Home > Articles > Operating Systems, Server > Linux/UNIX/Open Source

  • Print
  • + Share This
This chapter is from the book

Managing Your LTSP Server

Updating the Server

Shortly after installation, you may notice a balloon message appear in the top right-hand corner of the screen informing you that updates are available for your system. It is advisable that you install updates because they help keep your system secure and bug free. To install these updates, simply click on the balloon or launch the update manager by going to the System > Administration > Update Manager link in the main menu.

You will be prompted for your password and then presented with a list of updates available for your system. If there are any updates that you do not want to install, simply untick them from the list at the top of the window. When you are satisfied, click on the Install Updates button. Downloading all the required packages from the Internet will take a while to complete, especially if this is the first time you have run the update manager since installation.

Installing Applications

By default, the operating system is configured to talk to all of the software repositories. These are explained in greater detail in Chapter 5. There are many more packages available in the universe and multiverse repositories; however, some may have different licensing. By using the Software Sources package, you can modify this list of repositories. Simply select System > Administration > Software Sources from the menu, and you will be presented with the Software Sources screen.

Whether you are running a thin client system or you installed Ubuntu or Edubuntu in a non-LTSP mode, you will at some point need to install extra applications onto the system. This is simple in either Ubuntu or Edubuntu and is achieved by selecting Applications > Add/Remove from the main menu at the top left of the screen. Enter your password when prompted, and you will see the Add/Remove Applications window appear.

In addition to being the central point for installing all extra software for your system, the Add/Remove Applications program has a special section just for education. Clicking on this will filter the available set of applications to show those that have a high relevance to educational establishments. At the time of writing there were over eighty applications available in this section, and the list keeps growing, as shown in Figure 9-14.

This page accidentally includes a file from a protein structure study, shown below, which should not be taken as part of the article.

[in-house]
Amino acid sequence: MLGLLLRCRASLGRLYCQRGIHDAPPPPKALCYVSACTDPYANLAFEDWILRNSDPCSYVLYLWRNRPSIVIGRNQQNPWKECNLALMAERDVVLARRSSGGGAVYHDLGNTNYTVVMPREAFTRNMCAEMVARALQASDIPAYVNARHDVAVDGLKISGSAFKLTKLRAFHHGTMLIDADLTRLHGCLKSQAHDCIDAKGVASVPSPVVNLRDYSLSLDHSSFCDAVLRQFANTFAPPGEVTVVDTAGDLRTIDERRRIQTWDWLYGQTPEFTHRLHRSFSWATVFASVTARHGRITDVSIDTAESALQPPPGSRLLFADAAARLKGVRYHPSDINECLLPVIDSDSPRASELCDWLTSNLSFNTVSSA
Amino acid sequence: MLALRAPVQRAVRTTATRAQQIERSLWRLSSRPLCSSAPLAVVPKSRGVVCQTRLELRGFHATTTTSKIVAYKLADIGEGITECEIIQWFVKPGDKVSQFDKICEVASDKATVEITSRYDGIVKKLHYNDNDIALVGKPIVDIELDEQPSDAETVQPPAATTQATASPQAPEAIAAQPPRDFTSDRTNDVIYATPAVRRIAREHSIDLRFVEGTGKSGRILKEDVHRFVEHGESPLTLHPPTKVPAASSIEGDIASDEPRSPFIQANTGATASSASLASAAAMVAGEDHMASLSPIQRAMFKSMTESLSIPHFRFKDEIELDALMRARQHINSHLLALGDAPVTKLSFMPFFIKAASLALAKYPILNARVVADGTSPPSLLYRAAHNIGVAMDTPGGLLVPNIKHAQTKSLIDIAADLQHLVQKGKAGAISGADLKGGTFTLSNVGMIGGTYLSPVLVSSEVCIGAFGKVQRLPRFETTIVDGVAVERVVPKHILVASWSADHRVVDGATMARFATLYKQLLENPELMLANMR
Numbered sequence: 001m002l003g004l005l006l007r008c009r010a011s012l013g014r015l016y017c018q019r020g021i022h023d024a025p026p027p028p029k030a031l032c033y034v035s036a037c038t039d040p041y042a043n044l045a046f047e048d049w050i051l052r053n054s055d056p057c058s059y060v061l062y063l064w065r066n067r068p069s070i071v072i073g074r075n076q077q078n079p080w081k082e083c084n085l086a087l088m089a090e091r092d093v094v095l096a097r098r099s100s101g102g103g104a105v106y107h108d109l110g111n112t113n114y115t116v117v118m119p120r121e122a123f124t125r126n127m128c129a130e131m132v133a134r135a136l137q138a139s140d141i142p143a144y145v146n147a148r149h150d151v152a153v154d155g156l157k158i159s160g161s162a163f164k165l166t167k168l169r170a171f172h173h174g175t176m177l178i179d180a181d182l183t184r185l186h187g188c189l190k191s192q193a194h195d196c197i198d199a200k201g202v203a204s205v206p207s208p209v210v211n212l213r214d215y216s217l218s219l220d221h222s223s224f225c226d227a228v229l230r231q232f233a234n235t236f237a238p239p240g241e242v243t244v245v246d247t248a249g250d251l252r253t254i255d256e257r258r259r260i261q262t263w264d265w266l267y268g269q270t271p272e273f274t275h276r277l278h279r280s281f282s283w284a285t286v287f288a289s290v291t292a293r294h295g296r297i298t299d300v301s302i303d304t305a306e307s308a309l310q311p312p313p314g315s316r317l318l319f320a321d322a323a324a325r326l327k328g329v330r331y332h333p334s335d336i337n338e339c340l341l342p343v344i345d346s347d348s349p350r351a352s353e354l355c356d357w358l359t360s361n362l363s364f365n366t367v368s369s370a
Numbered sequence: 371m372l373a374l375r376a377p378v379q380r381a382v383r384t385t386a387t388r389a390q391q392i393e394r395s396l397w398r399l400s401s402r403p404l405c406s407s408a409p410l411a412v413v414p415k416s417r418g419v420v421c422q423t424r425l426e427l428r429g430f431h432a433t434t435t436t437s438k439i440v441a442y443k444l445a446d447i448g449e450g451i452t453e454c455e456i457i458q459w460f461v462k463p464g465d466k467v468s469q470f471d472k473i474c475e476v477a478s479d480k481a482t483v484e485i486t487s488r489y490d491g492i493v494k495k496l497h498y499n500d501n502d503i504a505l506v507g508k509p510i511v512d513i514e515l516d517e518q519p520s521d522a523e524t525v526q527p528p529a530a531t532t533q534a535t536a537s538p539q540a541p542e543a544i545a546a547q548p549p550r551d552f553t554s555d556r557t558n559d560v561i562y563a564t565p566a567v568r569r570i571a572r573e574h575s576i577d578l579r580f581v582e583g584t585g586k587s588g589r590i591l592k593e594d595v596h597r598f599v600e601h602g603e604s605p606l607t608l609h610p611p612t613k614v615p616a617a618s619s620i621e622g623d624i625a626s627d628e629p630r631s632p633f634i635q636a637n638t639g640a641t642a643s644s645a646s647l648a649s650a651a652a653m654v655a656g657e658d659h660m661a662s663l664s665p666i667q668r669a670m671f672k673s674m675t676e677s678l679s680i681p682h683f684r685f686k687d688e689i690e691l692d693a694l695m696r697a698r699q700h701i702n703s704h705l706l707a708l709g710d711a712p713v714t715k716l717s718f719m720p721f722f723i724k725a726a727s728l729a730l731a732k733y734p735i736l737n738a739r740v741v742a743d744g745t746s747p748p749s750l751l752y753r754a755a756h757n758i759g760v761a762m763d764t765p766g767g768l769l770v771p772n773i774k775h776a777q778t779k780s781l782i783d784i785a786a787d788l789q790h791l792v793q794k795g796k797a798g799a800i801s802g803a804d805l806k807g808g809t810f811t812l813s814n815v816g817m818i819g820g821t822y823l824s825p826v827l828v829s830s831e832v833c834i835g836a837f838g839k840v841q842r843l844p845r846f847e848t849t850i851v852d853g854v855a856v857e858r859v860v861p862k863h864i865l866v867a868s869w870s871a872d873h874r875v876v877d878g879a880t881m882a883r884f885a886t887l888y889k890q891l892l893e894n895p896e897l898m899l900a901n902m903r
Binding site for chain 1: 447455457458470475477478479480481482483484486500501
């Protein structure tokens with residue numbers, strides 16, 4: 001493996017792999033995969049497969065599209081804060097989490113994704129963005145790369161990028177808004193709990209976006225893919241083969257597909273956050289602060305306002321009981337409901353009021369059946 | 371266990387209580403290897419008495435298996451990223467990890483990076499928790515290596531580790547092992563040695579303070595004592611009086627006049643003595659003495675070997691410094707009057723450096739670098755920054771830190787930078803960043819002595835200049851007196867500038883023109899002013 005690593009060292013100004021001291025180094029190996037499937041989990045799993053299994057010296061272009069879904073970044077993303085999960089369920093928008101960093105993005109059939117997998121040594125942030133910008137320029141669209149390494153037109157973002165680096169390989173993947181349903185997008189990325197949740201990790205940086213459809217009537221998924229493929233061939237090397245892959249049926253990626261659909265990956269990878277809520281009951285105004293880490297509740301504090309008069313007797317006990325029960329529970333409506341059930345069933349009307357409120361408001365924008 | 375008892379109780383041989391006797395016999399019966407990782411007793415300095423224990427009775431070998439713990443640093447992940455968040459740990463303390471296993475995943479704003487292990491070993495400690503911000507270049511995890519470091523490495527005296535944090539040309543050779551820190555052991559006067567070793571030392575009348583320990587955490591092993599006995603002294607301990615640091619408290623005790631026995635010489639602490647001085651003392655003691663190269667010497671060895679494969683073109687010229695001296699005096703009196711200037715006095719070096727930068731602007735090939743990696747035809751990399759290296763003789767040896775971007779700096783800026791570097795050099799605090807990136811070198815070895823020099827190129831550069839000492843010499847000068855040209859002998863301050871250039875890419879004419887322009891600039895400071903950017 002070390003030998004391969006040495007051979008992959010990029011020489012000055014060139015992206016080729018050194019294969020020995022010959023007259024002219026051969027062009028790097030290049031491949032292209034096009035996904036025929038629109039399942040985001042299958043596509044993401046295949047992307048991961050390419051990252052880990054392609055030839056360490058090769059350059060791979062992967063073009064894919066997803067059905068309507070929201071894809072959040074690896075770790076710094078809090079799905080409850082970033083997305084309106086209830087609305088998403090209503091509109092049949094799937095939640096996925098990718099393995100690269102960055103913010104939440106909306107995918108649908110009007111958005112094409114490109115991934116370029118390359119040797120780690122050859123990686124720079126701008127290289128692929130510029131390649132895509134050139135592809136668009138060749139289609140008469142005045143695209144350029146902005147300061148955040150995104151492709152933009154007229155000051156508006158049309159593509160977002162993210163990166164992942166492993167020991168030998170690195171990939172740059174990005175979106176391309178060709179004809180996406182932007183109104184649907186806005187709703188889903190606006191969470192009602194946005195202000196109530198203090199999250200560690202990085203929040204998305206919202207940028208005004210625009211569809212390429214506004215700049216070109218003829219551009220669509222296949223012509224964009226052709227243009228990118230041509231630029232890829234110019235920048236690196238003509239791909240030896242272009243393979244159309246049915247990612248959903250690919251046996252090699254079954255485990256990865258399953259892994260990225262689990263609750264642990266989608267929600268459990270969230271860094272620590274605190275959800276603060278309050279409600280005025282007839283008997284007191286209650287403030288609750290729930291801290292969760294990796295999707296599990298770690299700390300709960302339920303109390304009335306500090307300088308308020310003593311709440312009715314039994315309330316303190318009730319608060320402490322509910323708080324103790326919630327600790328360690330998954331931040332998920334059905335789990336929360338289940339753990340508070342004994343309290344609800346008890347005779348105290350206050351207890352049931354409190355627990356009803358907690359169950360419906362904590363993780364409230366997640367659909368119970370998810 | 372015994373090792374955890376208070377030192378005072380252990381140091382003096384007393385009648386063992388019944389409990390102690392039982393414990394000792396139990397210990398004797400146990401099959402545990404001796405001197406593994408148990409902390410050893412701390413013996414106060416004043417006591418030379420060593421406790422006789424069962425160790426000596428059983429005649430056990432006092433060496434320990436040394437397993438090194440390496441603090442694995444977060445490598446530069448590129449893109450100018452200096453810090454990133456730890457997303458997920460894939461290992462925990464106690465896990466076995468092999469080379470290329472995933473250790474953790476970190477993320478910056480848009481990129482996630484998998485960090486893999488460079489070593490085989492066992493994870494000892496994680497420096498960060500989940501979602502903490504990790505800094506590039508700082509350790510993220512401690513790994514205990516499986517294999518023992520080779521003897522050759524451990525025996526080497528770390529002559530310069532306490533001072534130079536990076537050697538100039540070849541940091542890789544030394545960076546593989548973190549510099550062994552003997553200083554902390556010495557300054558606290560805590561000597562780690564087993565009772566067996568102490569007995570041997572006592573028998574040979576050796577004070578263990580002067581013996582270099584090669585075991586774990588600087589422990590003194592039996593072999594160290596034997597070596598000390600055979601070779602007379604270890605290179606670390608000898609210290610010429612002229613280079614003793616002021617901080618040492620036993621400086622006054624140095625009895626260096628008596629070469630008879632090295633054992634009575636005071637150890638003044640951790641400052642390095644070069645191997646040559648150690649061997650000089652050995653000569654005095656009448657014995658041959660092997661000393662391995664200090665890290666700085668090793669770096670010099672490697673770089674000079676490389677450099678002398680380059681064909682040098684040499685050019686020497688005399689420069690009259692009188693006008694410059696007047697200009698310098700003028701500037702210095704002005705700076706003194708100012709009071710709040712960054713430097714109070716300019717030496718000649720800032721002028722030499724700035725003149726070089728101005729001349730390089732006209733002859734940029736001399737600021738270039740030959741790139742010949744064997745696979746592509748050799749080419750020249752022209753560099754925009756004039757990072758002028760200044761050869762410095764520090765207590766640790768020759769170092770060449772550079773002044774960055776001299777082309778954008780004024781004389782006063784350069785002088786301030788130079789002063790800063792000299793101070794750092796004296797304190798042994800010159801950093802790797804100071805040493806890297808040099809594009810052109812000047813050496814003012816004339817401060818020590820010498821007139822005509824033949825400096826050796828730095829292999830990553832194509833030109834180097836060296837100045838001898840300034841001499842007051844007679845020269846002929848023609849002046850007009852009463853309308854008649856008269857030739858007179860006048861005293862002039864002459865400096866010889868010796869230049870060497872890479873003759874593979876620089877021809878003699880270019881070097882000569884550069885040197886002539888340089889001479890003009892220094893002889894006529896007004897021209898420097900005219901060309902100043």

In the application list you will see some checkboxes next to the application names. If you want to install a particular application, simply tick the checkbox next to its name. You can select multiple applications before clicking the Apply button.

Once you have chosen your applications and clicked the Apply button, you will be guided through the rest of the procedure and asked to confirm your selections prior to installation. Edubuntu will now collect the packages from the Internet or the Edubuntu CDs and begin installing them on your machine.

If you have chosen a few packages, the installation step may take a while. Installing software in this way is easy because Add/Remove Applications will handle all the required dependencies and install those, too.

Once the install has completed, the new applications should now be available on your Edubuntu machine. If you are running a thin client system, this now means that all the clients have the software available to them and can use it right away.